Ceramic and marble tile are used frequently in flooring designs. These tiles come in a range of colors and textures. Both materials withstand wear better than vinyl or linoleum. The type of tile that works best depends on factors in the home that will potentially shorten the lifespan of the tile. Generally, marble tiles are higher quality, but also require more maintenance to preserve than ceramic options.
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Marble is cut into thin sections for tile work, lowering the cost, which sometimes allows manufactures to include backing. The most common colors in marble are white and black with various types of striations, but some other shades exist. Marble is softer than ceramic tile, which makes it more prone to cracking.
Ceramic tiles are made from clay. The clay is molded into tile shapes and heated in an industrial oven to cure and harden into a permanent design. Clay tiles are glazed to provide protection and a glossy appearance. They are available in a wider range of colors than marble and can be set in artistic mosaics more easily.
Marble generally costs more than ceramic tile. Marble must be mined and properly cut into tiles. This can increase costs considerably. Marble also takes more time to install and often requires additional baseboard support. Slightly more marble tile is required to cover the same space as ceramic tile. Ceramic tile grout lines tend to range from 3/16 of an inch up to half an inch, while marble tiles are set with a 1/16th inch-wide grout line.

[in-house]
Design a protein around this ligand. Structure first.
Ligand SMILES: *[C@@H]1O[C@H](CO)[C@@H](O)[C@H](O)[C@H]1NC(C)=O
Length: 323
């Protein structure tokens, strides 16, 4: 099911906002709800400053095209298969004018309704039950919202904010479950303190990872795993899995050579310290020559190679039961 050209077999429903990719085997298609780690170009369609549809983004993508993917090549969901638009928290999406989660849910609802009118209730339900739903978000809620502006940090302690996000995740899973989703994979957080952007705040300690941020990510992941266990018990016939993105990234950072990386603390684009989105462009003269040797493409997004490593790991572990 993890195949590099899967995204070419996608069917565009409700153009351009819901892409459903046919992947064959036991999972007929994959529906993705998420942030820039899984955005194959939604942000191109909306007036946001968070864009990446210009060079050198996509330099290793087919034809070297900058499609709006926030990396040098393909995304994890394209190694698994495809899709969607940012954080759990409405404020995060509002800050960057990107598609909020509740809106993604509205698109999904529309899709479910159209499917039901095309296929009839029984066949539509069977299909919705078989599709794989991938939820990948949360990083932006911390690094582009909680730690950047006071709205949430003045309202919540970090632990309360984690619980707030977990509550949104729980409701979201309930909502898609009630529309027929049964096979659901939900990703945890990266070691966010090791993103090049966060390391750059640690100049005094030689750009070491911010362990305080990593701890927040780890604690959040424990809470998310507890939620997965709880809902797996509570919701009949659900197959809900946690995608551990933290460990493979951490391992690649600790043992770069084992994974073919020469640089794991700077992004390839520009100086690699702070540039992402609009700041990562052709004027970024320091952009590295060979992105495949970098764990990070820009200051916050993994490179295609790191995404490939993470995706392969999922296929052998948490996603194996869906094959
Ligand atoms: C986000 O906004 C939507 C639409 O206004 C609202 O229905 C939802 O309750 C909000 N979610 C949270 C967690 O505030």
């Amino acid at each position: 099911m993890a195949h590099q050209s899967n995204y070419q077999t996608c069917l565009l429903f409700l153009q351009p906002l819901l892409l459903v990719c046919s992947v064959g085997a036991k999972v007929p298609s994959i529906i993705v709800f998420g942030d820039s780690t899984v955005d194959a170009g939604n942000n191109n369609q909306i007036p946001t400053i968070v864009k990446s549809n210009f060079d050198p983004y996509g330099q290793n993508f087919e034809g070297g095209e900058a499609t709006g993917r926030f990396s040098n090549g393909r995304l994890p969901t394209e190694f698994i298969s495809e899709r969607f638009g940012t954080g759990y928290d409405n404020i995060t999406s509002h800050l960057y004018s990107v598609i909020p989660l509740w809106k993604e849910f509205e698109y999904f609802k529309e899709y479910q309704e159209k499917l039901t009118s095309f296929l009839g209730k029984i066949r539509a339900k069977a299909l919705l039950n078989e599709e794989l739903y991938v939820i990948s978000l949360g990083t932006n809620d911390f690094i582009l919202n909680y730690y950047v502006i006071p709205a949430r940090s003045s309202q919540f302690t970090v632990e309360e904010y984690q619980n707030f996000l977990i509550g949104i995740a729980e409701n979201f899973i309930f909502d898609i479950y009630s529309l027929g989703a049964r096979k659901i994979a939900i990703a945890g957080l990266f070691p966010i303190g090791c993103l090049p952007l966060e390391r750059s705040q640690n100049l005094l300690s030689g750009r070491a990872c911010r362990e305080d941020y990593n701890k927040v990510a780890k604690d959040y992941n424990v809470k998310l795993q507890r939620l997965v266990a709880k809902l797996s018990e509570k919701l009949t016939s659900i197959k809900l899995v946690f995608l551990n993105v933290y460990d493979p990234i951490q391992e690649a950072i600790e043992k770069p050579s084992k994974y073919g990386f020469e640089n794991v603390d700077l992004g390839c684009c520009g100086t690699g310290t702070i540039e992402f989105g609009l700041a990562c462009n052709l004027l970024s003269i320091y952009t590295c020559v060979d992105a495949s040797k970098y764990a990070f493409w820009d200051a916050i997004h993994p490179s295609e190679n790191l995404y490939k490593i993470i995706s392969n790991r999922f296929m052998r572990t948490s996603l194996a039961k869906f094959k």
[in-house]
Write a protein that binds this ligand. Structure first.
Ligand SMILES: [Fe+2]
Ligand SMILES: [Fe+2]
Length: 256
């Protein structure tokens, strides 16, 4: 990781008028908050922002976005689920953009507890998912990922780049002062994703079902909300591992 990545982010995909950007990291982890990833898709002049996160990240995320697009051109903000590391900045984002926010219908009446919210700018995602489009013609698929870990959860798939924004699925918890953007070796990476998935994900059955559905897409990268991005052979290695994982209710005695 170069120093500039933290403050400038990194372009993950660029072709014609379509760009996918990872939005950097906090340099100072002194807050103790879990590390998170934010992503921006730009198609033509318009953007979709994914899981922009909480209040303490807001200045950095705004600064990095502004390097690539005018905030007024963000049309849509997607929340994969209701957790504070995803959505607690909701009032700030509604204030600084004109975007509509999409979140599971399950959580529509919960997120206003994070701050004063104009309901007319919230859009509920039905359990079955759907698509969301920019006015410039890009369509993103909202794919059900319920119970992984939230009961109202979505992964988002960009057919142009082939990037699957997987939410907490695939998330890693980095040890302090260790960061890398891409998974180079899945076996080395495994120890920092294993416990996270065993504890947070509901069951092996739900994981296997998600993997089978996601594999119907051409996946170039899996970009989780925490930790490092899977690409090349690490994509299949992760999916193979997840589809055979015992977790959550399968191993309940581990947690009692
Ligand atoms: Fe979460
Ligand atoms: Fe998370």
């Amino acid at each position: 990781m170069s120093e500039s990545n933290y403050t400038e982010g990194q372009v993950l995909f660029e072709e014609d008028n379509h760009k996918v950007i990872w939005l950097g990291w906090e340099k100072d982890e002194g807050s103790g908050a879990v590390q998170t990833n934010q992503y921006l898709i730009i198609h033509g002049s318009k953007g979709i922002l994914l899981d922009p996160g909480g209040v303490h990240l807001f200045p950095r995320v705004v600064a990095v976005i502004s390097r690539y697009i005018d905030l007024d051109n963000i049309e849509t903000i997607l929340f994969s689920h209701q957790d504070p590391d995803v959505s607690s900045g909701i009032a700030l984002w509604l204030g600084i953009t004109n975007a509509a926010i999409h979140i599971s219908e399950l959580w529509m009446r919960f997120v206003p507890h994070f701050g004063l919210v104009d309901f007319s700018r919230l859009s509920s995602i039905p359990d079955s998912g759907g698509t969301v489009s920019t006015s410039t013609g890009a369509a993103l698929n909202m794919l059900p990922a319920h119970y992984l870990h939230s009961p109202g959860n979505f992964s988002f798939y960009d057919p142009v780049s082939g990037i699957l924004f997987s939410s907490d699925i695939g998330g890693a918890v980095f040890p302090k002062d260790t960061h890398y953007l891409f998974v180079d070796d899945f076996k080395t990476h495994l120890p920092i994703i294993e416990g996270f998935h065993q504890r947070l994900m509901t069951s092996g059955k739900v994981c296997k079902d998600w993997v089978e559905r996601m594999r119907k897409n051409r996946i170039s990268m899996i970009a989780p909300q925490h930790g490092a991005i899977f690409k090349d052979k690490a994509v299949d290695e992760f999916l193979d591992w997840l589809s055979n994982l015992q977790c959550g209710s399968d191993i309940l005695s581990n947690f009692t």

Ceramic tiles are maintenance-free once installed. The glaze and hardness tend to protect ceramic tile from common wear. Marble, however, needs to be regularly maintained. The stone is absorbent and will stain easily so it should be sealed with a resin sealer and resealed every several months or as needed. Some marble tiles are glazed to help them repel stains more easily. All marble tiles need cleaning at least once a year to remove any deep-seated stains the stone has absorbed.
Both marble and ceramic tile have excellent durability, but are weak against different types of damage. Marble tends to be more resistant to cold than ceramic, while ceramic tiles are harder than marble. Ceramic tiles can be more easily cracked under force, but marble tiles can be more easily scratched and dented. Foot traffic wears down marble more easily, but sealed marble tends to last longer on kitchen counter tops than ceramic. Both materials are typically rated to last the lifetime of the house.